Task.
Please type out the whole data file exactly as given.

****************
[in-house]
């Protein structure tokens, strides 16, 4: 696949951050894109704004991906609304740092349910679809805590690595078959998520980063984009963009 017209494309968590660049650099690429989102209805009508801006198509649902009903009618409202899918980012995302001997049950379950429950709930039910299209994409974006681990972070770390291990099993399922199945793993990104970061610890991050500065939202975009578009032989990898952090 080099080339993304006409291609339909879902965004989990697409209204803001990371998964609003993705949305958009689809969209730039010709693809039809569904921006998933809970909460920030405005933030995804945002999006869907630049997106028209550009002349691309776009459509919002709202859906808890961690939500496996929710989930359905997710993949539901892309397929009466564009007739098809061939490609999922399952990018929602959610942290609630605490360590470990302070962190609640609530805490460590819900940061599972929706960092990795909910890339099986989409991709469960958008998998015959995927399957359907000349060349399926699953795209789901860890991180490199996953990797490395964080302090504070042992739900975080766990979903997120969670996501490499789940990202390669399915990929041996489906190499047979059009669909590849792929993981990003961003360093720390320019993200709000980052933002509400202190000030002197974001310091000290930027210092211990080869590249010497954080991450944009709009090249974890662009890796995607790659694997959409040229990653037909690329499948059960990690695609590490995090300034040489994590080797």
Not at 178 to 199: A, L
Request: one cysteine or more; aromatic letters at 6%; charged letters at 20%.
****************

[in-house]
């Protein structure tokens, strides 16, 4: 696949951050894109704004991906609304740092349910679809805590690595078959998520980063984009963009 017209494309968590660049650099690429989102209805009508801006198509649902009903009618409202899918980012995302001997049950379950429950709930039910299209994409974006681990972070770390291990099993399922199945793993990104970061610890991050500065939202975009578009032989990898952090 080099080339993304006409291609339909879902965004989990697409209204803001990371998964609003993705949305958009689809969209730039010709693809039809569904921006998933809970909460920030405005933030995804945002999006869907630049997106028209550009002349691309776009459509919002709202859906808890961690939500496996929710989930359905997710993949539901892309397929009466564009007739098809061939490609999922399952990018929602959610942290609630605490360590470990302070962190609640609530805490460590819900940061599972929706960092990795909910890339099986989409991709469960958008998998015959995927399957359907000349060349399926699953795209789901860890991180490199996953990797490395964080302090504070042992739900975080766990979903997120969670996501490499789940990202390669399915990929041996489906190499047979059009669909590849792929993981990003961003360093720390320019993200709000980052933002509400202190000030002197974001310091000290930027210092211990080869590249010497954080991450944009709009090249974890662009890796995607790659694997959409040229990653037909690329499948059960990690695609590490995090300034040489994590080797």
Not at 178 to 199: A, L
Request: one cysteine or more; aromatic letters at 6%; charged letters at 20%.